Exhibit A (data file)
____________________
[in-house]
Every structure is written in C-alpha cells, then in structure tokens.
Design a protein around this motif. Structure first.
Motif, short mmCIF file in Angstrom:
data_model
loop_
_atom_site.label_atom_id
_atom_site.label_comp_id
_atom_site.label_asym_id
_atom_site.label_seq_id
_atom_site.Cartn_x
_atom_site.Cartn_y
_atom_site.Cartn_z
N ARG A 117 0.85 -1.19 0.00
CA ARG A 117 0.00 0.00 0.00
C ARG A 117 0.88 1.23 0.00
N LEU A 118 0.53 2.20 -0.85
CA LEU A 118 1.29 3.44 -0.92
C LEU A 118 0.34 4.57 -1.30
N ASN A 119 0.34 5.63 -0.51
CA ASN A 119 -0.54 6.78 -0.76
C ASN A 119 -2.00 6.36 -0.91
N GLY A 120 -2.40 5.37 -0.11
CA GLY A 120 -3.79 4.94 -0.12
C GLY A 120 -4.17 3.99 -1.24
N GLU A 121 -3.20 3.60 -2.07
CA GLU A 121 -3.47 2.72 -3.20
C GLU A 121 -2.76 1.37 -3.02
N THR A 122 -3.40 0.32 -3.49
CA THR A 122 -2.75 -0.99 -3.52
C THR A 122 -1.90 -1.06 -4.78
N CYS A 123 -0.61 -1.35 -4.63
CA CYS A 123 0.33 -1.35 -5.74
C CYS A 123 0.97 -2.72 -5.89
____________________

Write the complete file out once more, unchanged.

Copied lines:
[in-house]
Every structure is written in C-alpha cells, then in structure tokens.
Design a protein around this motif. Structure first.
Motif, short mmCIF file in Angstrom:
data_model
loop_
_atom_site.label_atom_id
_atom_site.label_comp_id
_atom_site.label_asym_id
_atom_site.label_seq_id
_atom_site.Cartn_x
_atom_site.Cartn_y
_atom_site.Cartn_z
N ARG A 117 0.85 -1.19 0.00
CA ARG A 117 0.00 0.00 0.00
C ARG A 117 0.88 1.23 0.00
N LEU A 118 0.53 2.20 -0.85
CA LEU A 118 1.29 3.44 -0.92
C LEU A 118 0.34 4.57 -1.30
N ASN A 119 0.34 5.63 -0.51
CA ASN A 119 -0.54 6.78 -0.76
C ASN A 119 -2.00 6.36 -0.91
N GLY A 120 -2.40 5.37 -0.11
CA GLY A 120 -3.79 4.94 -0.12
C GLY A 120 -4.17 3.99 -1.24
N GLU A 121 -3.20 3.60 -2.07
CA GLU A 121 -3.47 2.72 -3.20
C GLU A 121 -2.76 1.37 -3.02
N THR A 122 -3.40 0.32 -3.49
CA THR A 122 -2.75 -0.99 -3.52
C THR A 122 -1.90 -1.06 -4.78
N CYS A 123 -0.61 -1.35 -4.63
CA CYS A 123 0.33 -1.35 -5.74
C CYS A 123 0.97 -2.72 -5.89